Update from the Managing Director: Planning, Funding and Paperwork
By: Federico Ferrini, CTAO Managing Director
It was Wernher von Braun who said, “Our two greatest problems are gravity and paperwork. We can lick gravity, but sometimes the paperwork is overwhelming.” Building CTA may not be as difficult as defying the laws of gravity, but it does take a lot of planning (and paperwork) to achieve!
To this end, while the summer is traditionally characterized as a period of slower rhythms and some relaxation, the CTA Observatory (CTAO) management took advantage of this lull in activity to continue the development of the concepts and documents that, in our view, will drive a well-conceived and solid approach to the construction of the observatory. Among the many documents that were on the table were: the Cost Book (finalising the version that will be sent to an external panel); the Medium-Term Plan (conceiving its structure and starting to organise the content of chapters); the Management Plan (advancing its redaction); the Business Plan (modifications to reflect the current project conditions); and the Science Data Management Centre Hosting Agreement (negotiations with DESY concluded and awaiting final approvals for signature).
Additionally, in September, the CTAO shareholders ratified their strong support of the CTA project by finalising their contributions at an extraordinary meeting of the CTAO Council. The final 2020 budget to prepare the design and implementation of the observatory is being considered (with recommendations from the Administrative and Finance Committee) for approval at the November Council meeting. The Council also approved the panel for the Cost Book analysis and validation and expressed its consensus on the Phase I objective for the CTAO-ERIC: to construct the threshold configuration of the observatory (with the promised funding of about 310 MEuro).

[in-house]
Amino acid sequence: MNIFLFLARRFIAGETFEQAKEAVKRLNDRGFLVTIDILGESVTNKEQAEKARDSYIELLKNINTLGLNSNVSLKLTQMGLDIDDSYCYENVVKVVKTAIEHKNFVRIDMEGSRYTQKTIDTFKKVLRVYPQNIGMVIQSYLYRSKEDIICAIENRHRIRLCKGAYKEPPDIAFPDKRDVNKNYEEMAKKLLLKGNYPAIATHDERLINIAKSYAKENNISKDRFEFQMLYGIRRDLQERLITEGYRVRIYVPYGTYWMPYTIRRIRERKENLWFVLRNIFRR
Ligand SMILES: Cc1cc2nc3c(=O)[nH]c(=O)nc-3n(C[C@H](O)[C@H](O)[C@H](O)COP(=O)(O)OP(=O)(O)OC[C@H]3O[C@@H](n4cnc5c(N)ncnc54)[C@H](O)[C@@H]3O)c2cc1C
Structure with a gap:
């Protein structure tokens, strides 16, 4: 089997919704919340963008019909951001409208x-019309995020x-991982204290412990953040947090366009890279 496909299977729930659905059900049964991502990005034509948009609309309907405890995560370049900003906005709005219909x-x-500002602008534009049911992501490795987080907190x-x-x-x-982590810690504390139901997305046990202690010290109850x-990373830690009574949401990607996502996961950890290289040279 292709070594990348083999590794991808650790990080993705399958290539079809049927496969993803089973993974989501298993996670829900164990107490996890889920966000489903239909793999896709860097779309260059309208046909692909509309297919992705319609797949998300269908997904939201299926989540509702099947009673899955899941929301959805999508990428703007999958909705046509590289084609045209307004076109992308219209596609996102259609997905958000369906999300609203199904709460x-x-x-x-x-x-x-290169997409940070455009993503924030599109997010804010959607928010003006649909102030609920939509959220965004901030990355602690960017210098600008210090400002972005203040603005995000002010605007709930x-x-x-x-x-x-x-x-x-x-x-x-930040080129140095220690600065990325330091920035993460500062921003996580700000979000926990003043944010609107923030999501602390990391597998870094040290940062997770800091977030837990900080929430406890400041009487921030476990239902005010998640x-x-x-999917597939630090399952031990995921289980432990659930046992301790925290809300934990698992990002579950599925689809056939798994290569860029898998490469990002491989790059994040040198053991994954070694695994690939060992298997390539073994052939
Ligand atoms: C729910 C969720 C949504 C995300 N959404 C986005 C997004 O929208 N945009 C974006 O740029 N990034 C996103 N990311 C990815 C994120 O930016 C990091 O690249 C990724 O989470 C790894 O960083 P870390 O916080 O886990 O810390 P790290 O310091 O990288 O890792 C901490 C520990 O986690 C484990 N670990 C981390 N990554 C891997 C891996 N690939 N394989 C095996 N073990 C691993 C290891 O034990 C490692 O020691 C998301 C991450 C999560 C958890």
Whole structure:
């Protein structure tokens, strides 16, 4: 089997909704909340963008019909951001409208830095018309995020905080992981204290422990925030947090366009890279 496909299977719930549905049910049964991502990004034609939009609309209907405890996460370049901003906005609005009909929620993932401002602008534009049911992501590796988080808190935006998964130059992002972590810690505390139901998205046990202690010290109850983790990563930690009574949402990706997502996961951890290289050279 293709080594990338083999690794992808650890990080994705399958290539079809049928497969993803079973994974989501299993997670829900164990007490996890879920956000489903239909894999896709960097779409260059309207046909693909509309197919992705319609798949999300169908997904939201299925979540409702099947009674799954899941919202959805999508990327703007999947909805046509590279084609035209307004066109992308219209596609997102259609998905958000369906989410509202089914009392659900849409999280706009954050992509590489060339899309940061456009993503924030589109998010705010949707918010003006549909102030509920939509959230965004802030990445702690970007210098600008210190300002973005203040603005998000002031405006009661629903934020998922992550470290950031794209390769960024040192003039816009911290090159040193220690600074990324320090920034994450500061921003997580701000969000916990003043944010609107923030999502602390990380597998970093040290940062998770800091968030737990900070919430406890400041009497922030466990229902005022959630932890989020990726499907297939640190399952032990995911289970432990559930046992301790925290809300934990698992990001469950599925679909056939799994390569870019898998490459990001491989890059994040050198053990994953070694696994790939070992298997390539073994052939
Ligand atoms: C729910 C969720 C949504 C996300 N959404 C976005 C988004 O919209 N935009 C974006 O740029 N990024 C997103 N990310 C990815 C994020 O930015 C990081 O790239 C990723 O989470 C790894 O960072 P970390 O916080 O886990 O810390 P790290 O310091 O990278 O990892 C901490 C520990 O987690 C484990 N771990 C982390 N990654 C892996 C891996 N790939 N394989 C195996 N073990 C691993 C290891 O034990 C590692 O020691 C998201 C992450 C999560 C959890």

It is my intention to conclude all the matters posed on the table by the end of November (although approval by our governing bodies may arrive later), including implementing an efficient, transparent and fully integrated CTAO on the CTA-North site in La Palma. And, in the not-so-distant future, we will target the end of March 2020 for the ERIC Step 2 Application, organise the gGmbH to ERIC transition, advance the risk management plan, promote a sound proposal for the Medium-Sized Telescope harmonisation, recruit more staff and revise the documentation system.
Perhaps it may be too much (work and paperwork), but, clearly, we are at a turning point of the CTA project, and I am grateful to the CTAO staff and our CTA Consortium partners in their continuing efforts to realise this program.
Finally, we are in the beginning stages of a very promising collaboration – the CTAO recently met with the Square Kilometre Array (SKA) Organisation and discussed possible joint activities. There is more to come on this topic, but I am confident that in the next few months we will announce significative progress. As the CTAO must create the ideal conditions for the global science community to collaborate with and access our Earth-based gamma-ray observatory, this partnership will serve as the cornerstone for future collaborations with astronomical facilities.